IOM, the UN Migration Agency, is partnering with the Government of Somalia and the African Development Bank (AfDB) to provide emergency humanitarian relief assistance in the form of food and water to an estimated 25,800 drought-affected people in the south-western state of Baidoa and the Jubaland state of Dollow.
Internally displaced people will be among the beneficiaries.
Somalia’s Gu (April–June) rainy season was significantly below average, creating severe drought across all regions. Baidoa town, which is one of the most affected areas currently holds the highest numbers of internally displaced people (IDPs) in Somalia. According to IOM’s Displacement Tracking Matrix, over 243,000 people migrated to the area between November 2016 and September 2017.
The influx to Baidoa and Dollow occasioned by the drought have severely strained available basic services increasing the demand for emergency life-saving assistance. The living conditions in the IDP settlements and host communities remain dire.
“Drought and conflict in the South West State has resulted in a high influx of displaced families in Baidoa town. This project has come at a time when the community is in critical need of support,” said Mohamed Hassan Faqi, Somalia’s Minister for Agriculture and Irrigation.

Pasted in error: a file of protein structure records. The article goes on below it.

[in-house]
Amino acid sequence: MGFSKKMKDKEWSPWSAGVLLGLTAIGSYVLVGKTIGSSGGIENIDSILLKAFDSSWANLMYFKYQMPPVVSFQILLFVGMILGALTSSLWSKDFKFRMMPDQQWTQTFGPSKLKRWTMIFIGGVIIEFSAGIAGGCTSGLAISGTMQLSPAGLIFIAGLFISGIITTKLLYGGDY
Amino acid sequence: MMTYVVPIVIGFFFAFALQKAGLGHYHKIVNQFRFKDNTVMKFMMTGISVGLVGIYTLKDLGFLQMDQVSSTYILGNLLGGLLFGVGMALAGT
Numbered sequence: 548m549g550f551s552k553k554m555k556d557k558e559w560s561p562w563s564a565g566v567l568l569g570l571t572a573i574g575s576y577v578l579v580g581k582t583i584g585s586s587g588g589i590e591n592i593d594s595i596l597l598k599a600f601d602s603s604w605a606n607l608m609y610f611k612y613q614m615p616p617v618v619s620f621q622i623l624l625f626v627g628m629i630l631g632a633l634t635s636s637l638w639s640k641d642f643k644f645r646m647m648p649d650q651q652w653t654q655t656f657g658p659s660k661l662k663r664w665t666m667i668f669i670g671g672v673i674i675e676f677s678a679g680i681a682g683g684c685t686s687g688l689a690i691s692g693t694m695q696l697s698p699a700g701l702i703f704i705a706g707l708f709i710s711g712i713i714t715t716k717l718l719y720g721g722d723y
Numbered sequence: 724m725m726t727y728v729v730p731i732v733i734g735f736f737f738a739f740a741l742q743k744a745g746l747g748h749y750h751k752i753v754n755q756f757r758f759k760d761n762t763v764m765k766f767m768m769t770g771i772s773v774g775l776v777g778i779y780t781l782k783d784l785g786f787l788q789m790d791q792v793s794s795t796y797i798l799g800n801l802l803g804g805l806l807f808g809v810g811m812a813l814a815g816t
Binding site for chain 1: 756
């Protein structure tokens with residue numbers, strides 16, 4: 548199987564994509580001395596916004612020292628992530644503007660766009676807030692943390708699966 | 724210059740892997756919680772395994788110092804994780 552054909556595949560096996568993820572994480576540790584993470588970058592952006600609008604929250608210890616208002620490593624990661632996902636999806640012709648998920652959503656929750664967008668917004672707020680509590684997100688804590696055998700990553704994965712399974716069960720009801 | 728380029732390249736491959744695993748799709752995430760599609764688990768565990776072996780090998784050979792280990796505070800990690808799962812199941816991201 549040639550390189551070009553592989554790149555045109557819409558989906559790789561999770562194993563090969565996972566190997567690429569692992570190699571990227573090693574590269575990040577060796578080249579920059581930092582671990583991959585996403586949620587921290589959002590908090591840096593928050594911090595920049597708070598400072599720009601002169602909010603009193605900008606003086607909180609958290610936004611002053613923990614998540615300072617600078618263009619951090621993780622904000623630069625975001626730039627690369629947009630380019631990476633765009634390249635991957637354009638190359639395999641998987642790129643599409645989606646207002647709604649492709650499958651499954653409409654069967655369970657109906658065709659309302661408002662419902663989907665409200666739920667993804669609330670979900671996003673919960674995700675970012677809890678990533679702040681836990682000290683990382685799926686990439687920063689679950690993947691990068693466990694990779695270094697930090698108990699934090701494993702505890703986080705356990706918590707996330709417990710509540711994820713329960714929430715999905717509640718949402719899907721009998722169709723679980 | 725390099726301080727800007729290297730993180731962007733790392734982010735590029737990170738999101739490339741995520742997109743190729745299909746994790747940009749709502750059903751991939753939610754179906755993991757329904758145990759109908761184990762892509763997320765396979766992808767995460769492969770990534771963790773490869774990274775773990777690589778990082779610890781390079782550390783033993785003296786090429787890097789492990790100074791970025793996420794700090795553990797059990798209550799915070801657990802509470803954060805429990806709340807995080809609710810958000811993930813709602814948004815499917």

“Providing displaced families and their host communities clean and safe water is one of the priorities established by Somalia’s Federal Government, and regional state authorities, and humanitarian actors, as it contributes towards emergency response, early recovery and community stabilization in the region. The drought still exists and the South West State authorities appeal to the international humanitarian organizations to continue assist drought affected people to avert famine,” added Faqi.
“Access to Food and safe clean Water is a major challenge not only for the displaced persons but also for the whole community living in Baidoa, Dollow and surrounding areas,” said Omar Khayre, IOM Water Sanitation and Hygiene Programme Manager. The project’s objectives are aligned to the Federal Government’s priorities, the Humanitarian Response Plan and priorities set by the WASH and Food Security clusters to prevent famine.
“As the people in Baidoa and Dollow towns have increased drastically by 40 to 50 per cent, the current basic services provided by humanitarian agencies cannot meet the needs of vulnerable persons. The project will contribute towards covering the critical immediate needs for relief assistance especially the pressing need for water and food,” said Khayre.
Since January 2017, IOM has provided conditional and unconditional food and water to the drought affected persons in Somalia. Over 200 million litres of clean and safe water to approximately 570,000 people across its target regions through a water voucher mechanism. IOM is also conducting intensive hygiene and sanitation promotion activities among at-risk communities, having reached an estimated 563,000 people with behavioral change messages between January and October 2017.
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